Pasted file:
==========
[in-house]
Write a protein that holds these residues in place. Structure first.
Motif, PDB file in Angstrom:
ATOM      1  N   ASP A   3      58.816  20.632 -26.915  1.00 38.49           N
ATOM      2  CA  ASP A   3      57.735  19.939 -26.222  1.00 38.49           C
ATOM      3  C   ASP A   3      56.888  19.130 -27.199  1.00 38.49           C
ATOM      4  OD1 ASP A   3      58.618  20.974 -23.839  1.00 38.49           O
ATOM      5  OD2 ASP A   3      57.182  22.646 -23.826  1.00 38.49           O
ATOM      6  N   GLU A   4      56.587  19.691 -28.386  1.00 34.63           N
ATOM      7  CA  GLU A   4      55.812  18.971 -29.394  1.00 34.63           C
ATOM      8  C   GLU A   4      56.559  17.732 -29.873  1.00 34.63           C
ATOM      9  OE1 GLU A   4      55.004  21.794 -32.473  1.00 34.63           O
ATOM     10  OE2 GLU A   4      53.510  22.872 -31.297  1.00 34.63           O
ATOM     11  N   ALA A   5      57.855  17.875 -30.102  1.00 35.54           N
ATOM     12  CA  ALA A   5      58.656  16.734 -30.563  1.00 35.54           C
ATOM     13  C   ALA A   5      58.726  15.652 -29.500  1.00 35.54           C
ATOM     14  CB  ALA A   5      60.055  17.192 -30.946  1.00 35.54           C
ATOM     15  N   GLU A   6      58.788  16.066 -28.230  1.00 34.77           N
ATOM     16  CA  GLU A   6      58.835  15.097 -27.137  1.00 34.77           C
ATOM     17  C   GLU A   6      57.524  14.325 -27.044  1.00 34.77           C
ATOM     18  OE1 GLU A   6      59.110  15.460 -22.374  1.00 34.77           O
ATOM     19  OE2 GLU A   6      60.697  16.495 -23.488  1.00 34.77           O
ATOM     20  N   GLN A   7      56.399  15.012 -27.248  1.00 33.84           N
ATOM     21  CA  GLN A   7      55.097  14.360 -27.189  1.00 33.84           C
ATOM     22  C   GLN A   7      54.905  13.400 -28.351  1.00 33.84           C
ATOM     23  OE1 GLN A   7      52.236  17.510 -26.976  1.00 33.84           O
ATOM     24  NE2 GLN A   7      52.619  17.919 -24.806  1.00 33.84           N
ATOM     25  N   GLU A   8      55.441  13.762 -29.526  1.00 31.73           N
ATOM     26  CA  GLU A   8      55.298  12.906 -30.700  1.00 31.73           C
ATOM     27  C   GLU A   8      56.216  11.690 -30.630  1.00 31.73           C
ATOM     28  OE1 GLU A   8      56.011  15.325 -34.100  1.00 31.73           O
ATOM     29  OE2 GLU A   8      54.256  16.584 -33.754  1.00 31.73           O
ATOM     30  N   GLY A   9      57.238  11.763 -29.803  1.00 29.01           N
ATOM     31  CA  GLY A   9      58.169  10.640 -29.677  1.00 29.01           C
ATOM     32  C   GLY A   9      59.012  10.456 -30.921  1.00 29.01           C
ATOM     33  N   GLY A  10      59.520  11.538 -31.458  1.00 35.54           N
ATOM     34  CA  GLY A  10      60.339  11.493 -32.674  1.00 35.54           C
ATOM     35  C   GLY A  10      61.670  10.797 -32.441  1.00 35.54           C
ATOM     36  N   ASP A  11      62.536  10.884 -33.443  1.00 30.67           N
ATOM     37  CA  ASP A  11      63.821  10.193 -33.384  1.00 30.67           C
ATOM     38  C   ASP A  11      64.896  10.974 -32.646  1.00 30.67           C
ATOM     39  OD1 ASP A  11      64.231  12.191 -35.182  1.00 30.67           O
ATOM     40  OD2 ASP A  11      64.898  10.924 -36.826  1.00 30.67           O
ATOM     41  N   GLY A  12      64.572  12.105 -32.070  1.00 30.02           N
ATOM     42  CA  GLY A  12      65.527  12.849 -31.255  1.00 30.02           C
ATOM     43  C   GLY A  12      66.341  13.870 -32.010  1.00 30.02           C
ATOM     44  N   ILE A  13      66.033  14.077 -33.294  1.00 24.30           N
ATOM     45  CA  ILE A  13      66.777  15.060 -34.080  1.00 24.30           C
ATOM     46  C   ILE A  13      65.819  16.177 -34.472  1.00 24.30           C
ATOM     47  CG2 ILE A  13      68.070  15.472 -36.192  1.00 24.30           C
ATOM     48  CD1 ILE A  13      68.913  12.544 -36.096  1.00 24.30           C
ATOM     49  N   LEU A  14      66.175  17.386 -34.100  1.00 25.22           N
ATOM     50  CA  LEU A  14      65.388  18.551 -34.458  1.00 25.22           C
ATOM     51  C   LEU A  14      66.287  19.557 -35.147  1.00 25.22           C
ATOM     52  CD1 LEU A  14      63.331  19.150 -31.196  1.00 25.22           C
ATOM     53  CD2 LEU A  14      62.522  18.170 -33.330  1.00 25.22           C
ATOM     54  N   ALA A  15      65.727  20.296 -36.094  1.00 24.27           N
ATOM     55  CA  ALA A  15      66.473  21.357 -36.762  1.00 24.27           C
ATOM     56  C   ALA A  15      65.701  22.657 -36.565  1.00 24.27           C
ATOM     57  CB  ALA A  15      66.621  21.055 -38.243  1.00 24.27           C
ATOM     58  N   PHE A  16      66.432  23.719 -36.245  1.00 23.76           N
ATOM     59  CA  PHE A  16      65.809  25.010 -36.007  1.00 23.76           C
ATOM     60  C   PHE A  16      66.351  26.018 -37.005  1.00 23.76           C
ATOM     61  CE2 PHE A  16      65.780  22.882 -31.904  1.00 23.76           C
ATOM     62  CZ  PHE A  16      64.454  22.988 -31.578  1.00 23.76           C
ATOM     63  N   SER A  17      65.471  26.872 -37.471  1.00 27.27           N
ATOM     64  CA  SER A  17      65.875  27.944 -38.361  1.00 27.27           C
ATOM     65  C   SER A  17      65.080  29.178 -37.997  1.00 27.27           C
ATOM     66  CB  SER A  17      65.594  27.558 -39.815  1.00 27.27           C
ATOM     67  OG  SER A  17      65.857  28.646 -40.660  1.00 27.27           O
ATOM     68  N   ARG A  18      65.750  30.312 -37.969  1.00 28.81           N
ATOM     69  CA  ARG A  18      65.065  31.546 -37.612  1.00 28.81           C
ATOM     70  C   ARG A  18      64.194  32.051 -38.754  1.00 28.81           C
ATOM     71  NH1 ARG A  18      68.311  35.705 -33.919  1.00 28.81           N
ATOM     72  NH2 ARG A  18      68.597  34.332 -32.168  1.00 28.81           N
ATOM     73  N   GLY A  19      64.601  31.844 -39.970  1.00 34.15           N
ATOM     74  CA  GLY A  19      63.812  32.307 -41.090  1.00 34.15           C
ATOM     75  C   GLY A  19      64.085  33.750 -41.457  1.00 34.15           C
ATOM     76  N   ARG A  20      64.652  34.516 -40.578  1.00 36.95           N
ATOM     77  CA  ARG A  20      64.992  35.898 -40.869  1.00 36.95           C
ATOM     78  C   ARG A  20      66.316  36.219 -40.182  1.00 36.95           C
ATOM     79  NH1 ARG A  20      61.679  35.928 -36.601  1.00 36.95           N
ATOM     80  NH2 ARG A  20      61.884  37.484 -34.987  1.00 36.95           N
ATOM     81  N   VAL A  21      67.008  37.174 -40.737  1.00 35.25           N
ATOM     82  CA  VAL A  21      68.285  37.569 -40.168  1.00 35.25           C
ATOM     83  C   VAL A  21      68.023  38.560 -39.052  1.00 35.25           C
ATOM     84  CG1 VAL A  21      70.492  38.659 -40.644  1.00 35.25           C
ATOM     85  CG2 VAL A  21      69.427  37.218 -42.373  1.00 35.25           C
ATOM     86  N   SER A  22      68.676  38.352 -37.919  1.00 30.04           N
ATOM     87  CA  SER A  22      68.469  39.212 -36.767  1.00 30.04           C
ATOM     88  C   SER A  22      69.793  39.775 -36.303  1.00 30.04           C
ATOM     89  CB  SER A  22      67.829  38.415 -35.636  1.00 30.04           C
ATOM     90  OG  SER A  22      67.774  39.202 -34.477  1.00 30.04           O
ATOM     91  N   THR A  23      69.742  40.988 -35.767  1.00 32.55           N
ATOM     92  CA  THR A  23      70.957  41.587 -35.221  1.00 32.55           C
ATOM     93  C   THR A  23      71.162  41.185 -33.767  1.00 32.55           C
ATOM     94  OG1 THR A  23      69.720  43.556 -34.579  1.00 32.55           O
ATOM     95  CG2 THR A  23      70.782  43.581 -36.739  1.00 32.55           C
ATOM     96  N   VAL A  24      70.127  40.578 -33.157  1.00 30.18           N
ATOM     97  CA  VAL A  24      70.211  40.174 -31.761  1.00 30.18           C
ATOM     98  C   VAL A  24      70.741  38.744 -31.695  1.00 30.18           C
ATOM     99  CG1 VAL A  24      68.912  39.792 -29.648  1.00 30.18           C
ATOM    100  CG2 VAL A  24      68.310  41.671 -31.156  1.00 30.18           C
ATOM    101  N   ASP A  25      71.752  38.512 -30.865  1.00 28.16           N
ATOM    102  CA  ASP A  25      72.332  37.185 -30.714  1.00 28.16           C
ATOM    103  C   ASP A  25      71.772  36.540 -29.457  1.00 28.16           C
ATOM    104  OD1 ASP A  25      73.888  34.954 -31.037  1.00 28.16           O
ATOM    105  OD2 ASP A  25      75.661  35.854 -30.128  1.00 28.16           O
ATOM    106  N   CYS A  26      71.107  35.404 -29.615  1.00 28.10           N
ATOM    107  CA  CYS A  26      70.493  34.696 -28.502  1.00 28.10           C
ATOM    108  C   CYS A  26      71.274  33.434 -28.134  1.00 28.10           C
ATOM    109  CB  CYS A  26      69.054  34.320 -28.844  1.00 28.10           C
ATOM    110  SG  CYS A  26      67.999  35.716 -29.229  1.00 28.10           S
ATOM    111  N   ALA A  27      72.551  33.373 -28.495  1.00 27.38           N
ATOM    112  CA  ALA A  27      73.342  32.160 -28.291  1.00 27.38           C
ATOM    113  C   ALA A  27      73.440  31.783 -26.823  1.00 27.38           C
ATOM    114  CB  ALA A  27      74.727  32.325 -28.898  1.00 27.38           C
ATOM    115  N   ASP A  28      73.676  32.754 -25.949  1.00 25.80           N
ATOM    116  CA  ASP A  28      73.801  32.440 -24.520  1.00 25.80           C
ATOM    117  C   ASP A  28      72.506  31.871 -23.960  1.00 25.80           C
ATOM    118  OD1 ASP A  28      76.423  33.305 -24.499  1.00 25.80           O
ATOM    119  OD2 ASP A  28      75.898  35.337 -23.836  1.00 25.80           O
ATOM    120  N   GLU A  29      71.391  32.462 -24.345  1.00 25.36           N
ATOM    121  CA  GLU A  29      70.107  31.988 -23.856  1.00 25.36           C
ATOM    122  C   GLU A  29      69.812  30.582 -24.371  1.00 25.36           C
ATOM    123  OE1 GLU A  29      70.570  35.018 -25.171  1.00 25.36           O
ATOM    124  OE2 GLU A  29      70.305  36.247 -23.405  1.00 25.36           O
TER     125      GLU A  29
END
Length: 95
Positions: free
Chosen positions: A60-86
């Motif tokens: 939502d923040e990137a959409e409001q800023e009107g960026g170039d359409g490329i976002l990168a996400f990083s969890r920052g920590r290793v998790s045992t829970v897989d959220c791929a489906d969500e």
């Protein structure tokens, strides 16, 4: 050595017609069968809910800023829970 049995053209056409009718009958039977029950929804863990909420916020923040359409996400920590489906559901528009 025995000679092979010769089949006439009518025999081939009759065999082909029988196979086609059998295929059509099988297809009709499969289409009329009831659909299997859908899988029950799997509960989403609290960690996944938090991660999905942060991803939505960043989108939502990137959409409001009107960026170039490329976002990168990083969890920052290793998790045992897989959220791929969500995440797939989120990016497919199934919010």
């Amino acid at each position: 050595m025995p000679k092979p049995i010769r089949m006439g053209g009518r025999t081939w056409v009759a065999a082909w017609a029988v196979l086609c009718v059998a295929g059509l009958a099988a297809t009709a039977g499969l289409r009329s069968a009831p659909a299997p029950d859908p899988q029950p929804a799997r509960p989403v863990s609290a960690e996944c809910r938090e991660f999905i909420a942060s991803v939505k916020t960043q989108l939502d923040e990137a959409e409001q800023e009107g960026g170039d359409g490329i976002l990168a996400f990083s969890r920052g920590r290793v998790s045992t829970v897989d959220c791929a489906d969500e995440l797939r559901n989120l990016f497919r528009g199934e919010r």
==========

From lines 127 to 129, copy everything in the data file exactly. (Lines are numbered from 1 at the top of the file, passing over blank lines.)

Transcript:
ATOM    124  OE2 GLU A  29      70.305  36.247 -23.405  1.00 25.36           O
TER     125      GLU A  29
END